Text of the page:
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Art

A Working Model of the World

An eclectic collection at UNSW Galleries explores human interaction with working models, as they straddle the divide between the imagined and the functional.

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Portrait

Nino, Spence and the pastor

“Nino shuffles into the back of the church. He wears a pilling navy jumper, shrunken brown blazer and a pair of pants, baggy around his tiny body. His skin is the texture of dried fruit and his face is scrunched up in thought.”

Food

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Food

Crème brûlée with poached rhubarb

“Crème brûlée is not really a difficult recipe and not overly challenging to master. Understanding the temperature of your oven helps, as does removing the custard from the oven just as it sets. Left too long in the oven it will slowly start to curdle. The most challenging thing at home is caramelising the thin layer of sugar on the top of the set cream.”

Life

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Health

Hormonal therapy for autism

Developments in autism research suggest hormonal treatments could make expensive and time-consuming early behavioural therapies more attainable and successful.

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Technology

Fighting online tracking with obfuscation

To combat Google tracking the success of their advertisers by matching credit card purchases with personal online activity, dissenters are employing ‘obfuscation’ apps to confuse the data.

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Sport

Great strides: Cassie Fien, 31, marathon runner

2016 Gold Coast Half Marathon champion Cassie Fien on mixing her Defence Force career with competitive running.

Books

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Graham Allison
Destined for War

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Steven Lang
Hinterland

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Oscar Schwartz
The Honeymoon Stage

The Quiz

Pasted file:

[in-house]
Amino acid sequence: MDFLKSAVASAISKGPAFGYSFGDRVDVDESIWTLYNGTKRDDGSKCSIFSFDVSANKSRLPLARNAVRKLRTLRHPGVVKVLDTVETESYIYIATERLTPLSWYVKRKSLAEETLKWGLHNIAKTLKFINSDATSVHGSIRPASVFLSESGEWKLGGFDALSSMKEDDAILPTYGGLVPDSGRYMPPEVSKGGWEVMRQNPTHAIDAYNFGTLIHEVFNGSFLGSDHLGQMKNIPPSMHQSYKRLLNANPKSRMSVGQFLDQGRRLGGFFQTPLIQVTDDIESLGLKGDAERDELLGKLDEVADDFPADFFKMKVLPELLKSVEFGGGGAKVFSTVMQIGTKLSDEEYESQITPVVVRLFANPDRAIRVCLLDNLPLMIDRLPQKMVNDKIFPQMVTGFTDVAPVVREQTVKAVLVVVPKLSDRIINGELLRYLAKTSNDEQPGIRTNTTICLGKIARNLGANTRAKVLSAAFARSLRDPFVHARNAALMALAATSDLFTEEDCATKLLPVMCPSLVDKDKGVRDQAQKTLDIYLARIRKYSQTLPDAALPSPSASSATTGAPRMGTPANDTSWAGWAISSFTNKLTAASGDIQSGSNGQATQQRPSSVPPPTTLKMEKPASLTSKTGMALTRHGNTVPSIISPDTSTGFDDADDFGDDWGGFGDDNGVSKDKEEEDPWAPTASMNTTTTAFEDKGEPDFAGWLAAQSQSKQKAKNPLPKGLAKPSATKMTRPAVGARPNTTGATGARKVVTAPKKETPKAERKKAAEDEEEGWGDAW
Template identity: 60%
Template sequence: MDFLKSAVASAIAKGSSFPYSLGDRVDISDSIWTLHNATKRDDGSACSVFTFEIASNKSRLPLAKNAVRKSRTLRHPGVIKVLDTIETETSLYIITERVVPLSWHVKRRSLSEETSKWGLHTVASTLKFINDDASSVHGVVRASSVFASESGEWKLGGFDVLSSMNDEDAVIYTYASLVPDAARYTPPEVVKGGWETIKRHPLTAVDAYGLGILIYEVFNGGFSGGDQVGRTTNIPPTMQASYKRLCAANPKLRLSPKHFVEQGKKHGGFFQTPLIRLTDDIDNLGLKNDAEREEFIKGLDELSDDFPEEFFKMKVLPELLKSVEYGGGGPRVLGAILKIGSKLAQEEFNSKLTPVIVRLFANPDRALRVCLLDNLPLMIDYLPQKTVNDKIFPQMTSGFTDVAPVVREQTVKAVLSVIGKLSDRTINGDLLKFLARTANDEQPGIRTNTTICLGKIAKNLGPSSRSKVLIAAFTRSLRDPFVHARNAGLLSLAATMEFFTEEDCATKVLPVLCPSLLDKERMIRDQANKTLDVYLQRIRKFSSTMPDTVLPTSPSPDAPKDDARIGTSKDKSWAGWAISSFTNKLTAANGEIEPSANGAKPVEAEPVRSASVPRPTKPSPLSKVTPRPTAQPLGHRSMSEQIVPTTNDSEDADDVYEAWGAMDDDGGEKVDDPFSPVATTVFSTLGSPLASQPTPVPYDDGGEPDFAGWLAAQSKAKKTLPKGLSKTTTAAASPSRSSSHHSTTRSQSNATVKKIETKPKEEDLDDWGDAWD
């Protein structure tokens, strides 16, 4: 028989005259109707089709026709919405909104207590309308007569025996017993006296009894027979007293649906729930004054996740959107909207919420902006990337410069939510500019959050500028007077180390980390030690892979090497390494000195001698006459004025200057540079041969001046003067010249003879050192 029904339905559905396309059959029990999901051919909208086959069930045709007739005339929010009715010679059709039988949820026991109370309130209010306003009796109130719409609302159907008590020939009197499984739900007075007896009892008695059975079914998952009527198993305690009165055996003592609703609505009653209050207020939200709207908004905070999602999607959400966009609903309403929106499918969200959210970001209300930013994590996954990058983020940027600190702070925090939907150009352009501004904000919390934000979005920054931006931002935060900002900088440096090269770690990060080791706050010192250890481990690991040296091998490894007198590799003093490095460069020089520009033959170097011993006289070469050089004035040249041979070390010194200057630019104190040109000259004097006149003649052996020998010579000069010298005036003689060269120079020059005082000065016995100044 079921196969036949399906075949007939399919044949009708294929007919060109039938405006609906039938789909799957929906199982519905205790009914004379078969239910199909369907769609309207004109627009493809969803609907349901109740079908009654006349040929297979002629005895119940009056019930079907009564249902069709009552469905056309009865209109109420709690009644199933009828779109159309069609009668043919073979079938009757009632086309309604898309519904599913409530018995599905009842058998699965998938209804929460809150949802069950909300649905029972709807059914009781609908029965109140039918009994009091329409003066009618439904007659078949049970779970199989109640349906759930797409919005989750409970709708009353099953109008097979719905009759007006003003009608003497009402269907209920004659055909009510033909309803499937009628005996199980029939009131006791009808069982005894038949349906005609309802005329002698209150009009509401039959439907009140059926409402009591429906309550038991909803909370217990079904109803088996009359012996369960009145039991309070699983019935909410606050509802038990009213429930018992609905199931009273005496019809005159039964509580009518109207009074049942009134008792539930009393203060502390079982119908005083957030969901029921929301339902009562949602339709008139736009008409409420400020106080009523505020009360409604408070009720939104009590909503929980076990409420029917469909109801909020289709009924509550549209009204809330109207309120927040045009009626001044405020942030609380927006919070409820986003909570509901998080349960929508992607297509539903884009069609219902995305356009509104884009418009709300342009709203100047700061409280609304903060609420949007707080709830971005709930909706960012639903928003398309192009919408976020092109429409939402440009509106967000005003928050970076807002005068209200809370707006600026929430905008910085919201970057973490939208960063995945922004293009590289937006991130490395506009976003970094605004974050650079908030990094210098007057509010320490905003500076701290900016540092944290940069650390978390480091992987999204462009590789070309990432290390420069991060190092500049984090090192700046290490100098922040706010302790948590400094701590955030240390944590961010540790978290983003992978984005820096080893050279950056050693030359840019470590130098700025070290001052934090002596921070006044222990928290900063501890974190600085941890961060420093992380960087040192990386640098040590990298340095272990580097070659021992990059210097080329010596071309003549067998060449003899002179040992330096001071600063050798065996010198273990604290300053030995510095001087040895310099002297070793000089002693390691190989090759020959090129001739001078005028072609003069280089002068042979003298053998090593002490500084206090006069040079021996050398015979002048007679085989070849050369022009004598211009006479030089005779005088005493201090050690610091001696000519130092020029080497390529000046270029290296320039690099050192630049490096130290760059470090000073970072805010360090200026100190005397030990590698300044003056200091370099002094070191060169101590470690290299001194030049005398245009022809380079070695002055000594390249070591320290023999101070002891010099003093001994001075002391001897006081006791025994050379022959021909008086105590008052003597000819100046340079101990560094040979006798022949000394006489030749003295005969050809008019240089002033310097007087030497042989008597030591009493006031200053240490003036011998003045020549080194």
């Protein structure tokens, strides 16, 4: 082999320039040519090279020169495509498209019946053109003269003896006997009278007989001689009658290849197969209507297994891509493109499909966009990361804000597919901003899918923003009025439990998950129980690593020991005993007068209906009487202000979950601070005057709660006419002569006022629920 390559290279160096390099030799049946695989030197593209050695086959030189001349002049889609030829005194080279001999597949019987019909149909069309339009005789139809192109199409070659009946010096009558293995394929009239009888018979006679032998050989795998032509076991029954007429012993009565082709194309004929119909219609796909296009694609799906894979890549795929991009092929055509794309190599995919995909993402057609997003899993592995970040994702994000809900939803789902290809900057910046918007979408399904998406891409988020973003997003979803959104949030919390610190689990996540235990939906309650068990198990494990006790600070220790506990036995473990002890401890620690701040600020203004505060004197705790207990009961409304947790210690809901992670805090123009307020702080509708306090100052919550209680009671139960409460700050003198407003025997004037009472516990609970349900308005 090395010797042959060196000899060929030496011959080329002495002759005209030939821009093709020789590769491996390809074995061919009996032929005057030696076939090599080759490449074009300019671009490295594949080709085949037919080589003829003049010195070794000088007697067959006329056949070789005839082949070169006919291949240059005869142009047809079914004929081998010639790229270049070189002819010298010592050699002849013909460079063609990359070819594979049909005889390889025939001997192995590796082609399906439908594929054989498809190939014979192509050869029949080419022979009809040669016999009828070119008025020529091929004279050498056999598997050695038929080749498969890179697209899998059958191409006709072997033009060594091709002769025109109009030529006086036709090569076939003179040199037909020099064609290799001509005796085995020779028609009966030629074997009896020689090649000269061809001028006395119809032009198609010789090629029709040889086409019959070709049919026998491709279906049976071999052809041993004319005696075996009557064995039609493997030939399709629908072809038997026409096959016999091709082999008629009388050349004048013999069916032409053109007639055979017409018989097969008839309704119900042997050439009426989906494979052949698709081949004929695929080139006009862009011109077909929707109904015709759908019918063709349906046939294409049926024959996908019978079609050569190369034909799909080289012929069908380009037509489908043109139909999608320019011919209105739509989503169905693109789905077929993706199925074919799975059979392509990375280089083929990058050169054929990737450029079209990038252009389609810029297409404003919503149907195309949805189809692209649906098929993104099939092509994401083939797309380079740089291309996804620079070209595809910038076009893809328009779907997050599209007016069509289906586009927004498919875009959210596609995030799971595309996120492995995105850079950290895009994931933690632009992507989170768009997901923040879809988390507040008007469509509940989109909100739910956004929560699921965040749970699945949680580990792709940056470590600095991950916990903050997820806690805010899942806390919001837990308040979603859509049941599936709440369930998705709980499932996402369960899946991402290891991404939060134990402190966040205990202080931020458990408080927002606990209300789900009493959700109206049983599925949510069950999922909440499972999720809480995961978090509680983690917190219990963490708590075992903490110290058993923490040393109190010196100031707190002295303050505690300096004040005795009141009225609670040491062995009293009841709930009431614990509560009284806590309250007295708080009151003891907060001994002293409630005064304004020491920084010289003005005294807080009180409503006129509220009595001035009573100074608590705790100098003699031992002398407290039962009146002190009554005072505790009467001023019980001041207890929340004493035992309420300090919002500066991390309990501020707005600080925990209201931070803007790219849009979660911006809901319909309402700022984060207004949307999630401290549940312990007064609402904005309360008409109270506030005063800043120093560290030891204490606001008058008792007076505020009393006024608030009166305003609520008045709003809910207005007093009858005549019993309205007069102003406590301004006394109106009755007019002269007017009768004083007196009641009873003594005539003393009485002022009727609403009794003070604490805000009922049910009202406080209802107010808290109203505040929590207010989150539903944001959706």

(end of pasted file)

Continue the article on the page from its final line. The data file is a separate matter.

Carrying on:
1. Dulcinea was the love interest of which fictional character?
2. Which is closer to mainland Africa: Mauritius or Madagascar?
3. Who is the patron saint of lost causes?
4. There have been the same number of Australian men’s Test cricket captains as United States presidents. How many?
5. American outlaw Henry McCarty, aka William Henry Bonney, was better known by what alias?
6. 44 is the international dialling code for which country?
7. The Greek hero Odysseus is known by what name in Roman myths?
8. What word beginning with ‘r’ refers to the change of direction of a ray of light, radio wave etc, in passing obliquely from one medium into another?
9. Name the daughter of a famous entertainer who appears on the cover of Vogue Australia’s July 2017 issue?
10. Which country scored a resounding victory in the ICC Champions Trophy final last month? (Bonus point for naming the team they beat.)

Quotes

DECORATING

“We couldn’t comment on the decor at Trump Golf clubs one way or another.”

Sarah Huckabee Sanders

The White House spokeswoman declines to remark on a fake and self-serving Time cover seen on the walls of several Trump golf clubhouses. Being fake and self-serving helped the cover fit in among the other decorating choices.

POLITICS

“I mean the public did vote for him, but he’s got to do the right thing.”

Campbell NewmanThe former premier of Queensland encourages Malcolm Turnbull to resign. The best advice comes from mayors who were so terrible as state leaders they lost their seats in their first term.

CRIME

“Victoria Police Chief Graham Ashton desperate for a distraction from the crime epidemic he’s incapable of stopping #HuntingCatholics.”

Miranda DevineThe News Corp columnist criticises the charges made against George Pell for alleged historic child sexual offences. Charging the third-highest-ranked Catholic in the world with alleged sex crimes ​does seem like an extreme way to distract from an imagined gang of Sudanese children, but who are we to judge?

SPORT

“I’m embarrassed and I’m sorry for that.”

Michelle PayneThe jockey apologises after testing positive for a banned substance at a race in Swan Hill. Unfortunately for Payne, the appetite suppressant in question was not the food in Swan Hill.

LAW

“If you want to call him names, call him names. Just don’t call him guilty.”

Benjamin BrafmanThe lawyer representing pharmaceutical investor Martin Shkreli in a fraud trial confronts his client’s deep unlikeability. It goes with the territory when you are best known for cynically pricing HIV sufferers out of treatment and generally being a jerk.

DEATH

“He was as kindly, dignified, charming and lovable as the immortal Paddington Bear he gave us.”

Stephen FryThe broadcaster marks the death of Michael Bond, the creator of Paddington Bear. Bond was 91 and enjoyed marmalade.